Business Discussions Heat Up in the Woods

In Grosse Pointe Woods, discussion about business is picking up as the Mack Avenue Business Association begins a re-organization and the Mayor's Mack Avenue Business Study Committee has begun meeting again for the first time in years.

Development, communication and drawing people to Grosse Pointe Woods businesses are among the goals of two separate groups that recently started meeting.

First, the Mack Avenue Business Association of Grosse Pointe is in the midst of reorganizing and re-energizing. The group met for the first time in at least a few years last month with the goal of bringing it back to life.

The organization was at one time thriving and had many members but the membership dwindled severly and the group's only recurring event is bagging the parking meters during the holiday season in Grosse Pointe Woods.

Several business owners who were not members, and many of whom had not even heard of the organization, attended that meeting with the goal of finding out more about it. Grosse Pointe Chamber of Commerce Executive Director Jennifer Boettcher has been helping the group after receiving feedback from some business owners about wanting such an organization to plan events and represent the businesses in Grosse Pointe Woods.

Angelo DiClemente, who is a founding member of the organization, will remain its president. He owns the Dried Flower. For the first time, the organization elected officers earlier this week during a follow-up meeting.

The officers include:

Boettcher said the changes are exciting and she thinks the people who are officers demonstrate good leadership skills.

Meanwhile, Grosse Pointe Woods Mayor Robert Novitke has restarted a committee that has not met in more than a decade, the Mayor's Mack Avenue Business Study Committee. The committee is being chaired by Woods Councilman Kevin Ketels.

Novitke told Patch it was not one particular thing that led to his decision to restart the committee, but rather something that should have been happening all this time. The committee, he said, last regularly met in 1996.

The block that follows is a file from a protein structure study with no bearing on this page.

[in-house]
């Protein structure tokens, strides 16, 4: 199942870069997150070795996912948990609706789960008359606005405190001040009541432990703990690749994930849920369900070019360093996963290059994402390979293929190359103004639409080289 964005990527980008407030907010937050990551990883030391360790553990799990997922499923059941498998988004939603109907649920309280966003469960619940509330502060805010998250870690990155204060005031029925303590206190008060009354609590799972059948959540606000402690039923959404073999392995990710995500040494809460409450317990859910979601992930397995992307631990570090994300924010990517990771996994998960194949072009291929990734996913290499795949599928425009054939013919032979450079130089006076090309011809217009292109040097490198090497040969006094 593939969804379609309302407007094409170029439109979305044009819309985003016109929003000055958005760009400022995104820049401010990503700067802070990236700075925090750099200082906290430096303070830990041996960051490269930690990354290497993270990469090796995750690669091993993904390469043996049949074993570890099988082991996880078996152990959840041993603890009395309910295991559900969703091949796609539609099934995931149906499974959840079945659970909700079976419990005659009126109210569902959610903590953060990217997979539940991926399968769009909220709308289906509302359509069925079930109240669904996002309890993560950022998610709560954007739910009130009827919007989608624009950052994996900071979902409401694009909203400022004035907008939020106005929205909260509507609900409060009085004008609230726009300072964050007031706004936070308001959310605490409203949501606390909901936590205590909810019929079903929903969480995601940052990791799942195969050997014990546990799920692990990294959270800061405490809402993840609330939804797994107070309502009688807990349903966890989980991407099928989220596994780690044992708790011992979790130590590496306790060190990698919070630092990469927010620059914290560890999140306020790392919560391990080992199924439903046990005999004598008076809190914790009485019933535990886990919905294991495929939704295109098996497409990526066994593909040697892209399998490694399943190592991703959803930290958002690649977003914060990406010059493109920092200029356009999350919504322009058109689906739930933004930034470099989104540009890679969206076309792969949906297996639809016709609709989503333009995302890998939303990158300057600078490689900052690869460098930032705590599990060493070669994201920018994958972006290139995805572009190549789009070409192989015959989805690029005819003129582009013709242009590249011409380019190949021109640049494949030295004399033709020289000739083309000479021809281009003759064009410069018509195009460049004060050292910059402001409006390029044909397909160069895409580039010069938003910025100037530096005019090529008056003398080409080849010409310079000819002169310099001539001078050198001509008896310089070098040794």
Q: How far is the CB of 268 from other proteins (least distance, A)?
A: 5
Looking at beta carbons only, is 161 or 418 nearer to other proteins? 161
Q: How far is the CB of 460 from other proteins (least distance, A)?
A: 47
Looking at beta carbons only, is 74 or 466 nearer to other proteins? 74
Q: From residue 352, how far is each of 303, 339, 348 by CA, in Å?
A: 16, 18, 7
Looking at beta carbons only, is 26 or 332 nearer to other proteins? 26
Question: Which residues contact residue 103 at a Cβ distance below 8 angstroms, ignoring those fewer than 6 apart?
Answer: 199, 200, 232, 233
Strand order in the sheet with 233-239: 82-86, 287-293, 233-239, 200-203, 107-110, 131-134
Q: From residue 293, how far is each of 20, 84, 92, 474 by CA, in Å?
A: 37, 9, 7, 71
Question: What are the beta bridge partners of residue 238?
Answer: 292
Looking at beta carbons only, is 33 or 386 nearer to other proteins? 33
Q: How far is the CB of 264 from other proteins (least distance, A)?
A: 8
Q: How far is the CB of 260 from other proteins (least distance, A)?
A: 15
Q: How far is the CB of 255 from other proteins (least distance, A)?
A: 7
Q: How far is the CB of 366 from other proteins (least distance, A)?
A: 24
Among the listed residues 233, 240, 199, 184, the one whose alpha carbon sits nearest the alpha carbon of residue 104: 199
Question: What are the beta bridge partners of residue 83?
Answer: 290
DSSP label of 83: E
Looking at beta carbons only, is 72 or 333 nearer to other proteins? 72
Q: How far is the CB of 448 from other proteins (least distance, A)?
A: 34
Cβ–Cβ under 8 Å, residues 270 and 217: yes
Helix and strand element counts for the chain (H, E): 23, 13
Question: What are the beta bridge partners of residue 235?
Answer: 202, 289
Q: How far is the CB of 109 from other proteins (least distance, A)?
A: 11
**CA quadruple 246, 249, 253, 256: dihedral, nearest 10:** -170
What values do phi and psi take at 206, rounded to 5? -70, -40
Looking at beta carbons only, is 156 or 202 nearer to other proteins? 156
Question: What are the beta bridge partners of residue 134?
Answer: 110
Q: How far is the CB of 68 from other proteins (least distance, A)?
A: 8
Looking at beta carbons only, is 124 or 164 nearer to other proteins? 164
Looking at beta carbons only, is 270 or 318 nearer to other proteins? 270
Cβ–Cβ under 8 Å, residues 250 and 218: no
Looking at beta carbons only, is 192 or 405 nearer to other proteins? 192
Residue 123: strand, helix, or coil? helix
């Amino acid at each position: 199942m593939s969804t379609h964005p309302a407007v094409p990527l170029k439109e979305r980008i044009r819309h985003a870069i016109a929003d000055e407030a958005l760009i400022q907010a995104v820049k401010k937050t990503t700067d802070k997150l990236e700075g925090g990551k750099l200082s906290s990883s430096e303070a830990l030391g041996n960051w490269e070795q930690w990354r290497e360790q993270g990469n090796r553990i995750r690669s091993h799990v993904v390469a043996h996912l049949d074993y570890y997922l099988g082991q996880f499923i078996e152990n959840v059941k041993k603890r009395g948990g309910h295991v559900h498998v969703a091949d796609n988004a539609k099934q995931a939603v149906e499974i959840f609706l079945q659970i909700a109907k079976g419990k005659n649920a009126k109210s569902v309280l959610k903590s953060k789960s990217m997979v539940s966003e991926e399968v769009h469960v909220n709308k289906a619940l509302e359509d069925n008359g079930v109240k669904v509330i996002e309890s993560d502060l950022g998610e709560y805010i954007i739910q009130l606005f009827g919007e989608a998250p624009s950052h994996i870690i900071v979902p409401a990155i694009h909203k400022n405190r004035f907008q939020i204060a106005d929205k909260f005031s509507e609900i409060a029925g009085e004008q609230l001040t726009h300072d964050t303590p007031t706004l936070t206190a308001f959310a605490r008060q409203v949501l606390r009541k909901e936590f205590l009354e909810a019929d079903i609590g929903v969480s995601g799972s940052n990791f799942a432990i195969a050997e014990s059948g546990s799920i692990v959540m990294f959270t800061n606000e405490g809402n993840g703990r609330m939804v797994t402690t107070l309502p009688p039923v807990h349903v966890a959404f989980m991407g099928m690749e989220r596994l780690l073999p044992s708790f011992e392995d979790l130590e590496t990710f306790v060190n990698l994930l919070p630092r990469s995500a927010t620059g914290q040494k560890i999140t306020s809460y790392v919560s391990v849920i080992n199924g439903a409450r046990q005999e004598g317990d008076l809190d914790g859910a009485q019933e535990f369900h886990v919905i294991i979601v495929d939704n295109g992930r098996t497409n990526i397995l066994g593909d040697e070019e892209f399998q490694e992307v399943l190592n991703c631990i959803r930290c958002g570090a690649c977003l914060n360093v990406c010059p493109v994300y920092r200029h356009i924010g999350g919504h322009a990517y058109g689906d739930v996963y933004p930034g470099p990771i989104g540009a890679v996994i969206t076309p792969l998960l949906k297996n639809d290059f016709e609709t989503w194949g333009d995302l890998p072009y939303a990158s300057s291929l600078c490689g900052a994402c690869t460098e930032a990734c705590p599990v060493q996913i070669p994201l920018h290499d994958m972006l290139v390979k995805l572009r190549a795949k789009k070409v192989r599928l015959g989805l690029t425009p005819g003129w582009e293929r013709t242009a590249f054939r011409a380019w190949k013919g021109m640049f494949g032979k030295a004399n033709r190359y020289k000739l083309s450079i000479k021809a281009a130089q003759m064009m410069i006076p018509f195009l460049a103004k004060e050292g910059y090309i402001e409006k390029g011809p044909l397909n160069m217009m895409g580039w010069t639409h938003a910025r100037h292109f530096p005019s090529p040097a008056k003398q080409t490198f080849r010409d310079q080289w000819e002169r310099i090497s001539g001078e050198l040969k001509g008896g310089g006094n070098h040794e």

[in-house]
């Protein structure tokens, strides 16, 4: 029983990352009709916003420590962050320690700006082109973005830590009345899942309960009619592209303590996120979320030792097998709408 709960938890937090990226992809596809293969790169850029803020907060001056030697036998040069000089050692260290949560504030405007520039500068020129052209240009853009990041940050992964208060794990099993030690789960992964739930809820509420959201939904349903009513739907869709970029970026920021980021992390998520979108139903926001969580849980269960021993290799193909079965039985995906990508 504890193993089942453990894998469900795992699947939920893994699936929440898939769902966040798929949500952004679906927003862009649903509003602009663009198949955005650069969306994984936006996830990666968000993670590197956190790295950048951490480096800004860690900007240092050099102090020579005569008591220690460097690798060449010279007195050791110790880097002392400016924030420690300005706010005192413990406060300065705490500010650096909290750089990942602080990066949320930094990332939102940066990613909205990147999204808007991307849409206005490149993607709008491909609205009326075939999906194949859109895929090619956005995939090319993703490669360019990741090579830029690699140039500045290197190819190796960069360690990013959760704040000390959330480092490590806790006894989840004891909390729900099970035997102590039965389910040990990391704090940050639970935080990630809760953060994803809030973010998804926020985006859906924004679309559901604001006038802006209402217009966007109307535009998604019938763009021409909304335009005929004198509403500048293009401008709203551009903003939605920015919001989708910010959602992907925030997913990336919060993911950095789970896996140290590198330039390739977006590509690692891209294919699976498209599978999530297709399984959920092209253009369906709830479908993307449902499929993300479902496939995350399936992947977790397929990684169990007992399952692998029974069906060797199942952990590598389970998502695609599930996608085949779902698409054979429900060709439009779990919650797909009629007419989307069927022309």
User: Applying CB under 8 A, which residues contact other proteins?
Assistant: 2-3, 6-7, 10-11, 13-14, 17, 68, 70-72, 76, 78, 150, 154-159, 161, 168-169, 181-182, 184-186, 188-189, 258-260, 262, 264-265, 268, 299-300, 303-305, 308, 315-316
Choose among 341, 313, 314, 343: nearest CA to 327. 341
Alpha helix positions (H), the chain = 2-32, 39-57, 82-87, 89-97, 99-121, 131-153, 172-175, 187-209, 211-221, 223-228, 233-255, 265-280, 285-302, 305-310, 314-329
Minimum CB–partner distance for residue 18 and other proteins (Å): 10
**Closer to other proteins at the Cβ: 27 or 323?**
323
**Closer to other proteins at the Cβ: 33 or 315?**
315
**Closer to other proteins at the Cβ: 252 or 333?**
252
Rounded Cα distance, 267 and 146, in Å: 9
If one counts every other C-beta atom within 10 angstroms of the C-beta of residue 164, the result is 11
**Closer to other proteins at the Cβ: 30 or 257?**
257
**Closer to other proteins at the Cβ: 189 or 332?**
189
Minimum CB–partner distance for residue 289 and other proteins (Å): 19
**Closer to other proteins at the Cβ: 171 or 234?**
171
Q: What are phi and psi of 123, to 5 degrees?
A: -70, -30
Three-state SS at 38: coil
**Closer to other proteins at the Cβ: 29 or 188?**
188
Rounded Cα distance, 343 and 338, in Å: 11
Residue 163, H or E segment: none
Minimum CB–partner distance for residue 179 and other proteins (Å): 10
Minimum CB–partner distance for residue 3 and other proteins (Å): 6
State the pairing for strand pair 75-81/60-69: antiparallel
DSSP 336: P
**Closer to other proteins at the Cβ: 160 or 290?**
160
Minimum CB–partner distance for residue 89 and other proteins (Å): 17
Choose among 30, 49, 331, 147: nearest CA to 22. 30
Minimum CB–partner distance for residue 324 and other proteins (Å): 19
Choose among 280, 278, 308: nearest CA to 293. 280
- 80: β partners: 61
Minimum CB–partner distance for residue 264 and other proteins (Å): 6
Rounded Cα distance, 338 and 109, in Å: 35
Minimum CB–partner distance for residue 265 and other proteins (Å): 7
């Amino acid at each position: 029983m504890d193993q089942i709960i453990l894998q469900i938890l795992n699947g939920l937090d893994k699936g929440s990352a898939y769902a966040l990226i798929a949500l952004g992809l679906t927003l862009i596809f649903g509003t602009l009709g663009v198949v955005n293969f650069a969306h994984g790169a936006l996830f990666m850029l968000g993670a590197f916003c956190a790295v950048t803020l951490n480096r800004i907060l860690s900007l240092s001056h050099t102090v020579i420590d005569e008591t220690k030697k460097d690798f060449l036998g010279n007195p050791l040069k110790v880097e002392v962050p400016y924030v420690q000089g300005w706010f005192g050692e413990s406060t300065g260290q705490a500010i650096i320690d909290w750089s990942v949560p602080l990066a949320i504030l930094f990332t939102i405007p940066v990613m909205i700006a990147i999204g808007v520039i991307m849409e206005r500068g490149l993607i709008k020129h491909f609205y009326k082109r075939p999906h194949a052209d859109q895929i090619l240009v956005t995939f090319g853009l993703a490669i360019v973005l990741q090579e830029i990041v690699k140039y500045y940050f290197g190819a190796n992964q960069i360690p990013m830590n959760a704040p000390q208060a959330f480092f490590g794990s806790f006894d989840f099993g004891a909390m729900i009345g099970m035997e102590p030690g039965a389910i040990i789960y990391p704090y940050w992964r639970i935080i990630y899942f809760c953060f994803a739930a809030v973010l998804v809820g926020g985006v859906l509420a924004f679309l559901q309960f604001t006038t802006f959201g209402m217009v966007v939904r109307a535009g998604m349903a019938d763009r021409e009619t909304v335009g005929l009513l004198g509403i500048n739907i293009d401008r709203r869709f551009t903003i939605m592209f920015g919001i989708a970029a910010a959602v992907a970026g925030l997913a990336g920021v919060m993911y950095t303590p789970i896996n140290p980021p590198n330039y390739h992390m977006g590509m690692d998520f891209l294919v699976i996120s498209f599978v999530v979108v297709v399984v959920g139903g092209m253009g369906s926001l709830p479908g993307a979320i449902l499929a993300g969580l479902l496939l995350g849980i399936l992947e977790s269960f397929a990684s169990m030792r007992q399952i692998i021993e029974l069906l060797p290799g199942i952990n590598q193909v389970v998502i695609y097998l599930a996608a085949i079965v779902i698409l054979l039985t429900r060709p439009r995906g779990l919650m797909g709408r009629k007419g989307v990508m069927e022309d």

The Grosse Pointe Woods council has made a series of decisions that were unpopular among business owners in 2011, including one business owners fought to reverse concerning neon signs early in the year. Other decisions included the denial of a variance requested by the Neighborhood Club Thrift Shop to locate on Mack Avenue, the denial to allow Blackstar Inc. to locate on Mack Avenue and the denial of certain signs for the Little Blue Book, which recently relocated to the Woods from the Park.

Novitke said those particular decisions were not all that spurred his decision but feedback he was hearing about how business owners felt about the city are important. When the committee was last meeting, members were able to address several issues brought forth by business owners, he said.

The committee looks at business development along Mack Avenue and concerns of business owners as well as any business related issue. It is a subcommittee of the council and any ideas requiring changes to city ordinances or policies would require council approval.

The group met for the first time since Ketels was appointed as its chairman and then again this week. The first meeting was really about determining who on the committee still wanted to serve and who should be included as part of the committee. The members that were on it in 1996 were still technically a part of it because the committee was never officially decommissioned.

During the meeting this week, Ketels began conversations about communicating with businesses beyond their inspection approval and grand openings. The group now consists of the Mayor, Ketels, Boettcher, restaurant owner Dan Curis, Woods Wholesale Wine owner William Matouk, Planning Commissioner John Vitale, Woods Building Inspector Gene Tutag, City Manager Al Fincham and Councilman Richard Shetler. There are a few additional members who were not present at Thursday's meeting.

The group discussed using an email format to alert businesses of other business happenings, having business owners sign up on Nixle—a public safety and community notification system-- and making the city's website more business friendly.

Boettcher also mentioned that the association plans to create a phone tree among the businesses, so that if something noteworthy occurs at one business, others will be aware. A phone-tree is where one business calls another and then that business calls the next one on the list. This is a practice that is established and well utilized in the Village and on the Hill, Boettcher said.

The committee also discussed what type of events would draw people to the Woods for shopping and fun. Boettcher said the association is aiming to plan several events once its more organized and can begin communicating with all of the businesses along Mack Avenue.

To end the meeting, Vitale brought up the difficulty of gaining approval from Wayne County on outdoor projects along Mack Avenue. He brought up outdoor dining patios in particular, noting how there is one restaurant that aimed to have one open last summer but it never happened because of all the red-tape with the county.

Tutag agreed, explaining to the committee that there is frequently changeover in the employees, and so what one person may approve, another may not. He also said Wayne County wants everything to be very plain, so business owners that want to invest with landscaping or other ways are not allowed to do so.

Ketels and Novitke decided the topic merits discussions and a special meeting with representatives from Wayne County, including Commissioner Tim Killeen and from the building department.


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